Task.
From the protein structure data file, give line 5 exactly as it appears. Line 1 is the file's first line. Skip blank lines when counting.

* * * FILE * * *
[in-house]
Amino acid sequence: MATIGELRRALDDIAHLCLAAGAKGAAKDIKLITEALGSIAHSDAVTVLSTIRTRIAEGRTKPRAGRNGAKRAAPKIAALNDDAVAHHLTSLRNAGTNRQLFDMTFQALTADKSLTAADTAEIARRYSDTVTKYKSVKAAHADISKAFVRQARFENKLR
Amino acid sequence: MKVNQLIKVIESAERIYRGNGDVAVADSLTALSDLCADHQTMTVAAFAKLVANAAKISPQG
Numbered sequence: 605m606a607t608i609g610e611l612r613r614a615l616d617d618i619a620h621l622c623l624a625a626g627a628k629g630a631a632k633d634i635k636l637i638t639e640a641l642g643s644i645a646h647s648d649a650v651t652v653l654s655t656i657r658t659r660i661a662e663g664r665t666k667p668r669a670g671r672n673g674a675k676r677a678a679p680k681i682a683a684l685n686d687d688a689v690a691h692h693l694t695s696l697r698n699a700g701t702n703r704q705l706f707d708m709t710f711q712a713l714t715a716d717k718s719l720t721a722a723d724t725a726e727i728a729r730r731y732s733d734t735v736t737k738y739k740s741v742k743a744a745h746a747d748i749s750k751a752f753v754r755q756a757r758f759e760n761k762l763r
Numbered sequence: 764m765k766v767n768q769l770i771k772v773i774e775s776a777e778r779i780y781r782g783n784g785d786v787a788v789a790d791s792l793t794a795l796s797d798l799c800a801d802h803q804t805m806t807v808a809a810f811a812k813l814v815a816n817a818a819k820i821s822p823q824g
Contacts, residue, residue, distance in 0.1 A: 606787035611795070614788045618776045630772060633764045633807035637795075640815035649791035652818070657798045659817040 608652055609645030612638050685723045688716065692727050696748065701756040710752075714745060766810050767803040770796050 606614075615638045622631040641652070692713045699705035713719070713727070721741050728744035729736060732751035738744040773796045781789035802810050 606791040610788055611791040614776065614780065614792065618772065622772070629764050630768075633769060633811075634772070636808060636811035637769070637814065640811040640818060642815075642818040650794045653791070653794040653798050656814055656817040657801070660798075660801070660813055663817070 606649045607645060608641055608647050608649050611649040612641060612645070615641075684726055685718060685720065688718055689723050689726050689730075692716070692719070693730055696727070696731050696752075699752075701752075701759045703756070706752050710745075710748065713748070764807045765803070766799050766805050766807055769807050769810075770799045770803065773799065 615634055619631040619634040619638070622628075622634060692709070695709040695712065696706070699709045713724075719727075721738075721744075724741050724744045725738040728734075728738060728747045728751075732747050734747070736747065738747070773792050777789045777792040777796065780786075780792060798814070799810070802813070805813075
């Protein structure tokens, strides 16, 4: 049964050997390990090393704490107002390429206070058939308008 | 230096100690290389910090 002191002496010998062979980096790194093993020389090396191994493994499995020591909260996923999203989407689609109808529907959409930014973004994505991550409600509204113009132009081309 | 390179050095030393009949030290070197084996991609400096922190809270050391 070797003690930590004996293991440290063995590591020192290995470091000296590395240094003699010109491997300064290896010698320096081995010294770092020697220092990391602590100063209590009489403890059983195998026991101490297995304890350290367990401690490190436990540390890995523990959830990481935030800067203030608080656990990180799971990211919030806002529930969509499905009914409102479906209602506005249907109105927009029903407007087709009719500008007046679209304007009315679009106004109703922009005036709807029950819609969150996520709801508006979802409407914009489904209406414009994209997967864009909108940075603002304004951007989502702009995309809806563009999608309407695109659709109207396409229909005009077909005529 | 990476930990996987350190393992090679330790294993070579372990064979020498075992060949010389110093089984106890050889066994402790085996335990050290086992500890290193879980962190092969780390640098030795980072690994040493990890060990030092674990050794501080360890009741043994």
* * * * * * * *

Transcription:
Numbered sequence: 764m765k766v767n768q769l770i771k772v773i774e775s776a777e778r779i780y781r782g783n784g785d786v787a788v789a790d791s792l793t794a795l796s797d798l799c800a801d802h803q804t805m806t807v808a809a810f811a812k813l814v815a816n817a818a819k820i821s822p823q824g